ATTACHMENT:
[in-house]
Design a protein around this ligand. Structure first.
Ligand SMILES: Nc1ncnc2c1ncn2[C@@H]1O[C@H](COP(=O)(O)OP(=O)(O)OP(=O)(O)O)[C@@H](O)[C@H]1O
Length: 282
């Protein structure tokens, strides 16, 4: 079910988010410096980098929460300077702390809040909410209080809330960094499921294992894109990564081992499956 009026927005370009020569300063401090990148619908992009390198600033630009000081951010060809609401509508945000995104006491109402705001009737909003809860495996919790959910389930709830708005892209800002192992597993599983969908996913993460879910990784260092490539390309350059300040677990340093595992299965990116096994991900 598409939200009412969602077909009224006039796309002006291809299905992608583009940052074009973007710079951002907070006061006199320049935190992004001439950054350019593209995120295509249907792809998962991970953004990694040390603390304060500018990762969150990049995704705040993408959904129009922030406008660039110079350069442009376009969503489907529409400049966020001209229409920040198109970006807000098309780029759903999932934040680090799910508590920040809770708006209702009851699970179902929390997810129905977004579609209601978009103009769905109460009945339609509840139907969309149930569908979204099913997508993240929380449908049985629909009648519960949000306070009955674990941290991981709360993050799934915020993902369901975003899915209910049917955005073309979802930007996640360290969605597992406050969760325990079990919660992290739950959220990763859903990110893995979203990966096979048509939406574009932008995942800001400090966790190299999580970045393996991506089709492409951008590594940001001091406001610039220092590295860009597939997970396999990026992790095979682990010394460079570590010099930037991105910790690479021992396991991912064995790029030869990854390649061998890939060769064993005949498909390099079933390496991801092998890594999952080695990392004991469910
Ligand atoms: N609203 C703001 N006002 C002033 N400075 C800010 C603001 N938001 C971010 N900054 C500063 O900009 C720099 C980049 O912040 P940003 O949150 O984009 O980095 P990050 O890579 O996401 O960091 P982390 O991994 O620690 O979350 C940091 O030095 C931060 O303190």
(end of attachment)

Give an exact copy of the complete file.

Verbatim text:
[in-house]
Design a protein around this ligand. Structure first.
Ligand SMILES: Nc1ncnc2c1ncn2[C@@H]1O[C@H](COP(=O)(O)OP(=O)(O)OP(=O)(O)O)[C@@H](O)[C@H]1O
Length: 282
């Protein structure tokens, strides 16, 4: 079910988010410096980098929460300077702390809040909410209080809330960094499921294992894109990564081992499956 009026927005370009020569300063401090990148619908992009390198600033630009000081951010060809609401509508945000995104006491109402705001009737909003809860495996919790959910389930709830708005892209800002192992597993599983969908996913993460879910990784260092490539390309350059300040677990340093595992299965990116096994991900 598409939200009412969602077909009224006039796309002006291809299905992608583009940052074009973007710079951002907070006061006199320049935190992004001439950054350019593209995120295509249907792809998962991970953004990694040390603390304060500018990762969150990049995704705040993408959904129009922030406008660039110079350069442009376009969503489907529409400049966020001209229409920040198109970006807000098309780029759903999932934040680090799910508590920040809770708006209702009851699970179902929390997810129905977004579609209601978009103009769905109460009945339609509840139907969309149930569908979204099913997508993240929380449908049985629909009648519960949000306070009955674990941290991981709360993050799934915020993902369901975003899915209910049917955005073309979802930007996640360290969605597992406050969760325990079990919660992290739950959220990763859903990110893995979203990966096979048509939406574009932008995942800001400090966790190299999580970045393996991506089709492409951008590594940001001091406001610039220092590295860009597939997970396999990026992790095979682990010394460079570590010099930037991105910790690479021992396991991912064995790029030869990854390649061998890939060769064993005949498909390099079933390496991801092998890594999952080695990392004991469910
Ligand atoms: N609203 C703001 N006002 C002033 N400075 C800010 C603001 N938001 C971010 N900054 C500063 O900009 C720099 C980049 O912040 P940003 O949150 O984009 O980095 P990050 O890579 O996401 O960091 P982390 O991994 O620690 O979350 C940091 O030095 C931060 O303190």